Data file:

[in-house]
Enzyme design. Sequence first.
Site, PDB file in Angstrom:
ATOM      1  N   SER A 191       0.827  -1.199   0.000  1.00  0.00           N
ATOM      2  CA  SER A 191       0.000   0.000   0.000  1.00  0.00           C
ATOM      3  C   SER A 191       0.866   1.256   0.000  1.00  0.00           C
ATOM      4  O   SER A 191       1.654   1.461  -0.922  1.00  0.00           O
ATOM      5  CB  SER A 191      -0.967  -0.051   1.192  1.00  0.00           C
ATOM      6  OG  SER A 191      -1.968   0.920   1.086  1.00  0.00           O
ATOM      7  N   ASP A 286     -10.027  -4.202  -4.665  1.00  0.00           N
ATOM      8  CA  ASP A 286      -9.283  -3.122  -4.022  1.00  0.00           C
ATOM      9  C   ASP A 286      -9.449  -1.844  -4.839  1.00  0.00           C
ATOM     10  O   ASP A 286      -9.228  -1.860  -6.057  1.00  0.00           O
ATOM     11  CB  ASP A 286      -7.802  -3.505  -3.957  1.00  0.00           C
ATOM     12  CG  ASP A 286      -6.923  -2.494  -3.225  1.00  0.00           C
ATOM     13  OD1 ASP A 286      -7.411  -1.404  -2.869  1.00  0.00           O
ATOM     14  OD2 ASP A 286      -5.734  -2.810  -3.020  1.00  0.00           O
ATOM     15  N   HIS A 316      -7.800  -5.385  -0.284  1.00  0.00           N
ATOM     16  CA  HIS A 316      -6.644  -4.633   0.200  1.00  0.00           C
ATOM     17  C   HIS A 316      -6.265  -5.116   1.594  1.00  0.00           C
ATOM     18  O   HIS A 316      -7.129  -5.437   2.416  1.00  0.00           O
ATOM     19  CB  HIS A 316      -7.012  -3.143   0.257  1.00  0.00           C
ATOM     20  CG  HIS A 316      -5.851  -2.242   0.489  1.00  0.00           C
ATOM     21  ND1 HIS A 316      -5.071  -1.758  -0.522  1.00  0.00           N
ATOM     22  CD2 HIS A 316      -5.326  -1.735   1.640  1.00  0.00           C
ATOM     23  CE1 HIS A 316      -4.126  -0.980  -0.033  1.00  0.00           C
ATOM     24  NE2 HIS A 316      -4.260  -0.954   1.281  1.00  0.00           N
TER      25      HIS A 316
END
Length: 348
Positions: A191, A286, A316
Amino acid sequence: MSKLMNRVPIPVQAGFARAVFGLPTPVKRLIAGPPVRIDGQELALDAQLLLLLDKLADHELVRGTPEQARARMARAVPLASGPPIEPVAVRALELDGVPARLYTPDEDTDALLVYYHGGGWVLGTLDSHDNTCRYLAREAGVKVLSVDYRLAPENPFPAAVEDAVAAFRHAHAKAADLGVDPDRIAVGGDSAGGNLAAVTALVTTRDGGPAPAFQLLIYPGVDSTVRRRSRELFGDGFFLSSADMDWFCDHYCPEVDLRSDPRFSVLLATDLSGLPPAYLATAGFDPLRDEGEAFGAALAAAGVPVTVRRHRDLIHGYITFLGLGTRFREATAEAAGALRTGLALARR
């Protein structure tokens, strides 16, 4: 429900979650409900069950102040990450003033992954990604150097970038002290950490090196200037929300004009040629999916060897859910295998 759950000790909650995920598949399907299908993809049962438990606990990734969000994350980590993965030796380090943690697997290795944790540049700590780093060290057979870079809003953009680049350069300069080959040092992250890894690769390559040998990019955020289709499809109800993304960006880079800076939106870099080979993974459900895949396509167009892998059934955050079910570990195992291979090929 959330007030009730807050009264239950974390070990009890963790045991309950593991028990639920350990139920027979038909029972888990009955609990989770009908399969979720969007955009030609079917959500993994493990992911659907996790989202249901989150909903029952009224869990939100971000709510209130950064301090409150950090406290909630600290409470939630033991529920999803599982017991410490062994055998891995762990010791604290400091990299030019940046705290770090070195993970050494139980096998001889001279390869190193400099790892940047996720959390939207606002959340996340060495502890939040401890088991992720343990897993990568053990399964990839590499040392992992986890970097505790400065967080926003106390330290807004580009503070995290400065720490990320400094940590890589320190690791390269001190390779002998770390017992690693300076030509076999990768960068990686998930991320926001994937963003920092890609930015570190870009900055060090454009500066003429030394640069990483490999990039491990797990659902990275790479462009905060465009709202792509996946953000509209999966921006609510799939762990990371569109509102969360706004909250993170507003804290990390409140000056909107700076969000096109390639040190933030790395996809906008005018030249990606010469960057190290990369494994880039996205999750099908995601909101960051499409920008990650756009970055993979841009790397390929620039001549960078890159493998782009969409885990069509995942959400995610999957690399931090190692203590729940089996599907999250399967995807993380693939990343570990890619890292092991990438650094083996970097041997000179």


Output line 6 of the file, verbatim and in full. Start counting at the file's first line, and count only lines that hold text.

ATOM      3  C   SER A 191       0.866   1.256   0.000  1.00  0.00           C